For years, states had been prevented from collecting sales taxes on online purchases because of a U.S. Supreme Court ruling that predates the internet. After the court overturned that precedent last year, the Missouri General Assembly is considering legislation to collect sales taxes on retail e-sales.
This seems to be common sense, recognizing the reality that consumers buy more and more goods online these days. The percentage of e-commerce retail sales nearly doubled between 2013 and 2018.
Such collection wouldn’t be a new tax — it would be the same 4.225% state sales tax that we pay on purchases in Missouri stores. From a conservative perspective, each of us would pay our fair share, even on the internet. One group of purchasers (in-store) — and by extension, brick-and-mortar stores — wouldn’t be subsidizing the taxes owed from online sales.
Many shoppers, my own family included, buy online not to avoid taxes, but for other reasons — convenience, selection, price. Some e-retailers, such as Amazon, already voluntarily collect and remit sales taxes. Thus, I’ve heard little pushback from Missourians regarding online collection.
Yet some Missouri legislators are demanding a cut to income taxes in exchange for their support of collecting the existing sales tax on e-retail transactions. They incorrectly believe that collecting online sales taxes means raising taxes, and so the state should lower taxes elsewhere to be revenue neutral. But this misapprehends the situation and doesn’t line up with conservative responsibility.
The sales tax isn’t new: It just hasn’t been collected on online sales because of both technological limitations and a Supreme Court case that didn’t contemplate the new internet-based economy. (In fact, few e-shoppers realize that they’re actually supposed to remit a use tax on certain purchases.)
With e-retail sales increasing, collecting sales tax on those purchases is a matter of fairness, to buyers and sellers alike. Even without a cut to other taxes, it would be revenue neutral. Nobody would pay more or less than they’re supposed to, or that they would not pay on the same purchase in a physical store. If state stewards fail to account for the new method of retail sales, state revenue (and core services) inevitably will decrease.
But still some policymakers insist on a corresponding cut to a different tax — in other words, the state income tax. They say it would be unfair for the state to collect the online sales taxes I owe unless it reduces other taxes I owe. But would it?
Let’s say I visit a downtown restaurant. I pay for parking and go insider for a meal. When I’m through, I hand over my debit card to pay electronically. After some time, the manager informs me that a technical problem on their end prevented the transaction, so my meal would be on the house. I’d be grateful (and lucky). Now let’s say the next time, I go through the same routine, but the equipment works and I’m charged appropriately for my meal. I wouldn’t (and shouldn’t) stamp my foot and demand that the restaurant cut my parking fee because they’re now collecting payment for the meal.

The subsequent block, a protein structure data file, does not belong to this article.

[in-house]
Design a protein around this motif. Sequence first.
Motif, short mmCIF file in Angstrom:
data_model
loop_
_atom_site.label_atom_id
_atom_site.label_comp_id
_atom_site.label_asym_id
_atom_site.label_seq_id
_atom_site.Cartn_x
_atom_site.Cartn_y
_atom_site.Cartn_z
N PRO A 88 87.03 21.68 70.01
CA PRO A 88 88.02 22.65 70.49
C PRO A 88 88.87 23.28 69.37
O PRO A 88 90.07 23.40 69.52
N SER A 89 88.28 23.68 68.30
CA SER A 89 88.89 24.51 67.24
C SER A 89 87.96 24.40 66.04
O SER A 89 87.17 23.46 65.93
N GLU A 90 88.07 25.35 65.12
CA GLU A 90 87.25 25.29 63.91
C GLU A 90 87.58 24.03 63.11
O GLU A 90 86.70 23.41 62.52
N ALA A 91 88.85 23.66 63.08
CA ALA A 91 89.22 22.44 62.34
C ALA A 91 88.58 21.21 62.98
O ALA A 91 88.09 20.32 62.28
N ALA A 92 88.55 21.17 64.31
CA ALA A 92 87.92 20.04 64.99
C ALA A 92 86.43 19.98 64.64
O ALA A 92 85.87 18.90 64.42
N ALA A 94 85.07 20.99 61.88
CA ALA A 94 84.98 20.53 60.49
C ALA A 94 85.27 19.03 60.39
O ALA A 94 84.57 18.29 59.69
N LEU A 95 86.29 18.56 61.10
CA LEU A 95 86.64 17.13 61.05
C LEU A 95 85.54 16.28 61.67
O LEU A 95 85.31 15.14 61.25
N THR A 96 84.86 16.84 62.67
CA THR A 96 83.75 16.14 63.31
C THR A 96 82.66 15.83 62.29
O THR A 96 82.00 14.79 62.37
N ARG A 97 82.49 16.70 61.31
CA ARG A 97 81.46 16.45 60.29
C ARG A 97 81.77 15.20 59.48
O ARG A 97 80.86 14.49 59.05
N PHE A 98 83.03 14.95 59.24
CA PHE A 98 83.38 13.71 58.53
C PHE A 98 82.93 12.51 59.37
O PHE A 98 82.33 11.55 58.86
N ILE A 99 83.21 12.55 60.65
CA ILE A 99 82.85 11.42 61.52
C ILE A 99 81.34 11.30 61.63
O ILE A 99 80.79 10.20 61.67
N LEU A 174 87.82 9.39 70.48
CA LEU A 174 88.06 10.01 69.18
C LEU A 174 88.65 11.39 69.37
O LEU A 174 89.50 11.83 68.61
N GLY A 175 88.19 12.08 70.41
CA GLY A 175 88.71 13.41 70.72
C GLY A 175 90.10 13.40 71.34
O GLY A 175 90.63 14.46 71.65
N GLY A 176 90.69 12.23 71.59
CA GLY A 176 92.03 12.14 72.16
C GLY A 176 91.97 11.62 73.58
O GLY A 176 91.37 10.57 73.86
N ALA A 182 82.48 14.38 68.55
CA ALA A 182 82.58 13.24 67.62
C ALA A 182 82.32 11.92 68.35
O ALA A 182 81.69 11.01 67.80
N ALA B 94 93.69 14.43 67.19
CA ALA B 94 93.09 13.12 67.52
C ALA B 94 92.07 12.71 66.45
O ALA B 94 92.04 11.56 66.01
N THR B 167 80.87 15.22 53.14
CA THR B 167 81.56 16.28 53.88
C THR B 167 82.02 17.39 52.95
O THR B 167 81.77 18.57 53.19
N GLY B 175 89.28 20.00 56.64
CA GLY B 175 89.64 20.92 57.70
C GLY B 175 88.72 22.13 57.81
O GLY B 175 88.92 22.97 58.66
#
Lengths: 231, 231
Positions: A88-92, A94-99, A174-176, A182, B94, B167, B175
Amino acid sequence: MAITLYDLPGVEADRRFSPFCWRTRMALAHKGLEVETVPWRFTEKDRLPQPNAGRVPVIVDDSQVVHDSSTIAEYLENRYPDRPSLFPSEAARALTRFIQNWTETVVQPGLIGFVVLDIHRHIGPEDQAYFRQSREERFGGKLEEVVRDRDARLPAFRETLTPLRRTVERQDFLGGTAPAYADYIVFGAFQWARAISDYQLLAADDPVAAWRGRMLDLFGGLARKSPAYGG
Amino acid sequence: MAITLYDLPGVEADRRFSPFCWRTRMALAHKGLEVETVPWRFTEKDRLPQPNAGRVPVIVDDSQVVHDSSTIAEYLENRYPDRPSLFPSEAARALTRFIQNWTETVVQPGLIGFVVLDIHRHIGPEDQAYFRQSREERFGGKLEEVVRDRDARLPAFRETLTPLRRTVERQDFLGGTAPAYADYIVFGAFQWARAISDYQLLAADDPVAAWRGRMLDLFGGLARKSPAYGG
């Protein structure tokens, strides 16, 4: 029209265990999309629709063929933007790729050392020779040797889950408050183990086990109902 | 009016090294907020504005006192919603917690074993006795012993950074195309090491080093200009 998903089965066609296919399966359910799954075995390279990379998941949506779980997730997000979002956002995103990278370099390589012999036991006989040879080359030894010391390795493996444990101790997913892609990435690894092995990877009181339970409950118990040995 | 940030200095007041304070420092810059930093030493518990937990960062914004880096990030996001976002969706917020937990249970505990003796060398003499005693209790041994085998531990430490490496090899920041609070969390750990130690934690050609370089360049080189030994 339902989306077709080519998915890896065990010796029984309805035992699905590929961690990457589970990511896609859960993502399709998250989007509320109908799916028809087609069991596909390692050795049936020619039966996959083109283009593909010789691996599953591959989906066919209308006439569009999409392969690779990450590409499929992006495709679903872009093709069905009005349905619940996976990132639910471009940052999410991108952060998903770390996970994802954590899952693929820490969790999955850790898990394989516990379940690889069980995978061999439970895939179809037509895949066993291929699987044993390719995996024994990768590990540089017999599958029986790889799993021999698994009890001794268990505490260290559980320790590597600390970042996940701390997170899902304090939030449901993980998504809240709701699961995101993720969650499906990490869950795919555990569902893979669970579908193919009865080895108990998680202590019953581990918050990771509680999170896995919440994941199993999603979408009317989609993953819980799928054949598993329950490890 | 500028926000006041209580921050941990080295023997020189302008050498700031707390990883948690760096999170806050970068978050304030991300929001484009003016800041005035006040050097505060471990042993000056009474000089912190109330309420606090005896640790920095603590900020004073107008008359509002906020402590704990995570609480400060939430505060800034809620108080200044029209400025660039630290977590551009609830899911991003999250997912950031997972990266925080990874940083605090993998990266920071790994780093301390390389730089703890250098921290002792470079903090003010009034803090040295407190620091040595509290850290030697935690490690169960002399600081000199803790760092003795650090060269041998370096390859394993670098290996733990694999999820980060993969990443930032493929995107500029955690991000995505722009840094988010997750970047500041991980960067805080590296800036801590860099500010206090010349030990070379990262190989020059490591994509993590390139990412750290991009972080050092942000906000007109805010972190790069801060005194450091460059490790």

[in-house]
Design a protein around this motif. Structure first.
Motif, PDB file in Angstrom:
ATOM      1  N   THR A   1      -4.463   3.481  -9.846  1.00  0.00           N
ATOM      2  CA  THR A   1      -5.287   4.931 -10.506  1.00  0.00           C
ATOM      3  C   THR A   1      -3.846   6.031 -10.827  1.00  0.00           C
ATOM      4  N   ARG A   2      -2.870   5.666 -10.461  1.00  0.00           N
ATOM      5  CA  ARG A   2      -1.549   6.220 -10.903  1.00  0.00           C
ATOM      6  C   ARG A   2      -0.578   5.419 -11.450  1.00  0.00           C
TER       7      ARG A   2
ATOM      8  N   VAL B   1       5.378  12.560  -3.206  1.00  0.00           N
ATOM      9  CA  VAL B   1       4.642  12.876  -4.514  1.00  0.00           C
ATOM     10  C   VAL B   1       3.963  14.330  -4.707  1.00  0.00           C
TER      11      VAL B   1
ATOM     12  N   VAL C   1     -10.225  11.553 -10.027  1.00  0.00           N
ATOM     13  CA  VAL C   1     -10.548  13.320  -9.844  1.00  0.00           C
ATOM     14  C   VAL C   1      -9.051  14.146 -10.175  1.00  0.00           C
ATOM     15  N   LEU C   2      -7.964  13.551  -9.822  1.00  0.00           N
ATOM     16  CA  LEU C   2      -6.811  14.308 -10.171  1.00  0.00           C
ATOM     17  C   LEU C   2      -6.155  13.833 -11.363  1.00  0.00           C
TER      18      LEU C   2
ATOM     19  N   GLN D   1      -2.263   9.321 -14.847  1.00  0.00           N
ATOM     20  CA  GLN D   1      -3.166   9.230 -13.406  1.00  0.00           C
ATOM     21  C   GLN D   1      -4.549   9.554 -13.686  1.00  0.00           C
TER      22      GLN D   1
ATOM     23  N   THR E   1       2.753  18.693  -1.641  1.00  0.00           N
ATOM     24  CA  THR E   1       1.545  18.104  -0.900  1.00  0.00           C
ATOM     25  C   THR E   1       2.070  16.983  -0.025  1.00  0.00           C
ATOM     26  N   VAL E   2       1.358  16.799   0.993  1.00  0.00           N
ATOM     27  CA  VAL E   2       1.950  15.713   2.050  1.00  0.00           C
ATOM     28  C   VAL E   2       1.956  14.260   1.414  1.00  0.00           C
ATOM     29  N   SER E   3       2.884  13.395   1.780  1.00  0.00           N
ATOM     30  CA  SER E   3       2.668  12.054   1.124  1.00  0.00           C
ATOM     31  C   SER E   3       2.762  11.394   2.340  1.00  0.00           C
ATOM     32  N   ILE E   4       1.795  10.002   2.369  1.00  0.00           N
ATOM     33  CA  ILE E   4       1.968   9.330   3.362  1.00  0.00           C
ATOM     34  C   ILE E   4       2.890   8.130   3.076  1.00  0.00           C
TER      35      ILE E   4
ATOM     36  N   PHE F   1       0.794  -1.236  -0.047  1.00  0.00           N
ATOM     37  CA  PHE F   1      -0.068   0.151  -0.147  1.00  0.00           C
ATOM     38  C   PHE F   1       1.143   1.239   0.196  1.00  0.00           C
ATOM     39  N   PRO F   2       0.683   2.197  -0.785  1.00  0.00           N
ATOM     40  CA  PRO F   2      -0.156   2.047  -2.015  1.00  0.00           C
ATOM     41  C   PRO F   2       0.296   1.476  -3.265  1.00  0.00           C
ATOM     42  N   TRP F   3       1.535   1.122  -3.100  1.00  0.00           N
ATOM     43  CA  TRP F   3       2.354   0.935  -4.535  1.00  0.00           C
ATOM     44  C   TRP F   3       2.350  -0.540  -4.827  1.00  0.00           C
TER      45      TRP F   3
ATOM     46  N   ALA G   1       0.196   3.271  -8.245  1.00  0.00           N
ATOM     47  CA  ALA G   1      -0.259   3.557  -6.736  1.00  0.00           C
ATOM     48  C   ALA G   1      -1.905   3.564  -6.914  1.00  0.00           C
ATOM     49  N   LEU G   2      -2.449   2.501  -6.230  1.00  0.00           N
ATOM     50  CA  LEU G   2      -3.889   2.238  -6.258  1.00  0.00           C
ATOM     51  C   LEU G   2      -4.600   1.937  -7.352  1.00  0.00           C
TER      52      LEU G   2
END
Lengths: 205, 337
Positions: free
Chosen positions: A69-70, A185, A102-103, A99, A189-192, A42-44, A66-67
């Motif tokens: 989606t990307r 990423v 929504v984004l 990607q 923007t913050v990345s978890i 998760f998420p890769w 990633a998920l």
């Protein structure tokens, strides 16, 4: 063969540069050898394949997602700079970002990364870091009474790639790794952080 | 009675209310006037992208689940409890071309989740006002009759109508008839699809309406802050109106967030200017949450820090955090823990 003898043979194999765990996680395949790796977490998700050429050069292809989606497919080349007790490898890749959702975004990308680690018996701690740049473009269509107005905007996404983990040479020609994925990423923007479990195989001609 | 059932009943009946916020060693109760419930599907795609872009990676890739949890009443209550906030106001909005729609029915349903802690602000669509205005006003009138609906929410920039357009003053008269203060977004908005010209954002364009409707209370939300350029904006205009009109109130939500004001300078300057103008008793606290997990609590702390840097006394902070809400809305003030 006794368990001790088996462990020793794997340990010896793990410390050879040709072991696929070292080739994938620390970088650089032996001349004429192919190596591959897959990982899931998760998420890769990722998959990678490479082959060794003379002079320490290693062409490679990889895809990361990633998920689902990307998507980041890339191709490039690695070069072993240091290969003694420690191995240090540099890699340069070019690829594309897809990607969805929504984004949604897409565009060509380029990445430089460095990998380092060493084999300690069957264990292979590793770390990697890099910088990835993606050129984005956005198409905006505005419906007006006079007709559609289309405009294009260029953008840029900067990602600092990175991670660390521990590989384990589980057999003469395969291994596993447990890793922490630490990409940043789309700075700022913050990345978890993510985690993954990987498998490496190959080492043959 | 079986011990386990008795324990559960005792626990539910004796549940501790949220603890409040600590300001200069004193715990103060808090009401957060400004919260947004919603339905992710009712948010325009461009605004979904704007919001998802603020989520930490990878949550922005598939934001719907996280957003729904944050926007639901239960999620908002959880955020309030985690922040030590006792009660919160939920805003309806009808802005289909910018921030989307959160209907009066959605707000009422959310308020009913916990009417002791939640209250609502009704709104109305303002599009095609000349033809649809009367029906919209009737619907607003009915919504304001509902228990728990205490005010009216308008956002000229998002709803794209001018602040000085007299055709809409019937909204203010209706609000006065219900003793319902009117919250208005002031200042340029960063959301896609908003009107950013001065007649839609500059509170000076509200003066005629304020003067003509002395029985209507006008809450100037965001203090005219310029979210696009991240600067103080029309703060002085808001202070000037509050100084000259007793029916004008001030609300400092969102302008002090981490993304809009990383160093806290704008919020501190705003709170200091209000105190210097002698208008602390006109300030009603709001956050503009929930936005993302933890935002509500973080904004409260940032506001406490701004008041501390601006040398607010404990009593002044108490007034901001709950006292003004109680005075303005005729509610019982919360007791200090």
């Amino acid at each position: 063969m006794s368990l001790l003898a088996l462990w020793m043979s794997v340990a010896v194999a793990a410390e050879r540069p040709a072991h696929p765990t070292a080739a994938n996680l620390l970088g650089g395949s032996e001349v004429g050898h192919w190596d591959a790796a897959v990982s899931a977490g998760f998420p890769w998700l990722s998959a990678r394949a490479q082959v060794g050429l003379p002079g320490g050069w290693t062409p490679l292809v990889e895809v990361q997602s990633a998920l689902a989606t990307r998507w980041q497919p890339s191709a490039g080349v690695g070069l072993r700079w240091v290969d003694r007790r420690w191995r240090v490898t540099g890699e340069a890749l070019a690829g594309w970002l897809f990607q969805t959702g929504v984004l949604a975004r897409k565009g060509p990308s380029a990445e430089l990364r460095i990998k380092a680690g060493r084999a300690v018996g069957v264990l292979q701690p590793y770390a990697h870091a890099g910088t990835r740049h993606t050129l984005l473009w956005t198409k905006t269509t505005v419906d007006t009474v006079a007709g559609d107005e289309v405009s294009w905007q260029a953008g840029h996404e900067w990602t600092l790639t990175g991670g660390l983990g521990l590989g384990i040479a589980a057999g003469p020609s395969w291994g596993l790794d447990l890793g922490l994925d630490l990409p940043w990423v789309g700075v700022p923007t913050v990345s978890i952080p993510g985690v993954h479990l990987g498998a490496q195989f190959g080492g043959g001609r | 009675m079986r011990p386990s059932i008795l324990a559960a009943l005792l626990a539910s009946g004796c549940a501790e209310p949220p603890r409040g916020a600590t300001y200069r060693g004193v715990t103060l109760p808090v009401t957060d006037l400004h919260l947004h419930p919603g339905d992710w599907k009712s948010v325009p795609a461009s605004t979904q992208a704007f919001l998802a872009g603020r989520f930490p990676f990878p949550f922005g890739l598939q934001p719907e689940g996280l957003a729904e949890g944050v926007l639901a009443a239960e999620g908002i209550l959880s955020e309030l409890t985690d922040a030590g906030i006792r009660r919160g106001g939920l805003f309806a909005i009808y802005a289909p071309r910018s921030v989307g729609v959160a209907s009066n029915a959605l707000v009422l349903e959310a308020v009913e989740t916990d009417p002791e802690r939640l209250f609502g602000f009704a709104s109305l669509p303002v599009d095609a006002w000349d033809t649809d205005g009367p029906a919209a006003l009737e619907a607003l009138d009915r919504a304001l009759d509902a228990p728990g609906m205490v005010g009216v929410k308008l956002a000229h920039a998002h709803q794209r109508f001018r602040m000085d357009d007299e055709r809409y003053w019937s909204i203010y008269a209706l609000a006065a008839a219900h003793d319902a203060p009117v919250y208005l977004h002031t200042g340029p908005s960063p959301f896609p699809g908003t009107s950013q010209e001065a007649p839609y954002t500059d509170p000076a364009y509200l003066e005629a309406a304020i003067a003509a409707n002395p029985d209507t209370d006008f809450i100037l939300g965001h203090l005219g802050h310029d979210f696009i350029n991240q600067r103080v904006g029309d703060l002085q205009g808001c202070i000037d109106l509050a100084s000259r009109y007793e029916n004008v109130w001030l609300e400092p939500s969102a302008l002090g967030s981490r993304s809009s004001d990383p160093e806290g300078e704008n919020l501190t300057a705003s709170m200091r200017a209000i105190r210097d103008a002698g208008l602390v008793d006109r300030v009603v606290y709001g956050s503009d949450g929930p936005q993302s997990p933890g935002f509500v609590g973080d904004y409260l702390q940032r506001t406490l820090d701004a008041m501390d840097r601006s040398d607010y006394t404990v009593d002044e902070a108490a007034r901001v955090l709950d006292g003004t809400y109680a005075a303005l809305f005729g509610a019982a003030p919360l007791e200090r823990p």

I’m not suggesting a tax increase. A conservative legislature should be cautious, however, even with tax cuts (especially when they’re based on the fallacy that collecting online sales taxes would be a new tax). Missouri income taxes were cut in 2014 and again in 2018 (a measure I supported then as state representative). Fiscally prudent policy would be to see how these recent tax cuts play out over several budget cycles, especially since state revenues have been down. Because the legislature is now considering paying for needed highway and bridge repairs out of general revenue, it would be sensible to make sure we can pay for such undertakings before we decide to cut revenue.
Those of us who neighbor Kansas remember when its Legislature ended up with egg on its face and was forced to raise taxes in 2017 after the 2012 tax cut didn’t pan out as intended. If Missouri were to make a similar mistake, it couldn’t bail itself out. Under the state’s constitution, the General Assembly can lower taxes, but it cannot raise them except by a small amount. So lawmakers may be wise to temper their immediate zeal to make “tax cut” headlines with a conservative, longer-term approach that considers the health of the state’s budget beyond the next election cycle.
Republican Kevin Corlew represented District 14 in the Missouri House of Representatives from 2015 to 2018.